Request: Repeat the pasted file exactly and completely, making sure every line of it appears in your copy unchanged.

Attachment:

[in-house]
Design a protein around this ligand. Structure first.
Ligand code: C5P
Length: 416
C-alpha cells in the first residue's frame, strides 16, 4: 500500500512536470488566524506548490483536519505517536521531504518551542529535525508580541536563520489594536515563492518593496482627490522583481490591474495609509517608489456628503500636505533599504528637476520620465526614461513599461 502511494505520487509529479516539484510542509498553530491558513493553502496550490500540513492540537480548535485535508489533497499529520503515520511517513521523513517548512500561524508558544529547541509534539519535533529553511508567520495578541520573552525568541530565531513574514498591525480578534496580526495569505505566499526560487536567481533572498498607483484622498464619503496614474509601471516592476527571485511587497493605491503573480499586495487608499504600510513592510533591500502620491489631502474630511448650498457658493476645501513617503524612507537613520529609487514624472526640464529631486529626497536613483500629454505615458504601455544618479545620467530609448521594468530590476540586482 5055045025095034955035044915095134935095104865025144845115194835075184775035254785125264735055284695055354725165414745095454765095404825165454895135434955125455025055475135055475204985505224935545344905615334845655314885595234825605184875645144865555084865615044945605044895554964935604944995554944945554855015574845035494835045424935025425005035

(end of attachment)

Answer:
[in-house]
Design a protein around this ligand. Structure first.
Ligand code: C5P
Length: 416
C-alpha cells in the first residue's frame, strides 16, 4: 500500500512536470488566524506548490483536519505517536521531504518551542529535525508580541536563520489594536515563492518593496482627490522583481490591474495609509517608489456628503500636505533599504528637476520620465526614461513599461 502511494505520487509529479516539484510542509498553530491558513493553502496550490500540513492540537480548535485535508489533497499529520503515520511517513521523513517548512500561524508558544529547541509534539519535533529553511508567520495578541520573552525568541530565531513574514498591525480578534496580526495569505505566499526560487536567481533572498498607483484622498464619503496614474509601471516592476527571485511587497493605491503573480499586495487608499504600510513592510533591500502620491489631502474630511448650498457658493476645501513617503524612507537613520529609487514624472526640464529631486529626497536613483500629454505615458504601455544618479545620467530609448521594468530590476540586482 5055045025095034955035044915095134935095104865025144845115194835075184775035254785125264735055284695055354725165414745095454765095404825165454895135434955125455025055475135055475204985505224935545344905615334845655314885595234825605184875645144865555084865615044945605044895554964935604944995554944945554855015574845035494835045424935025425005035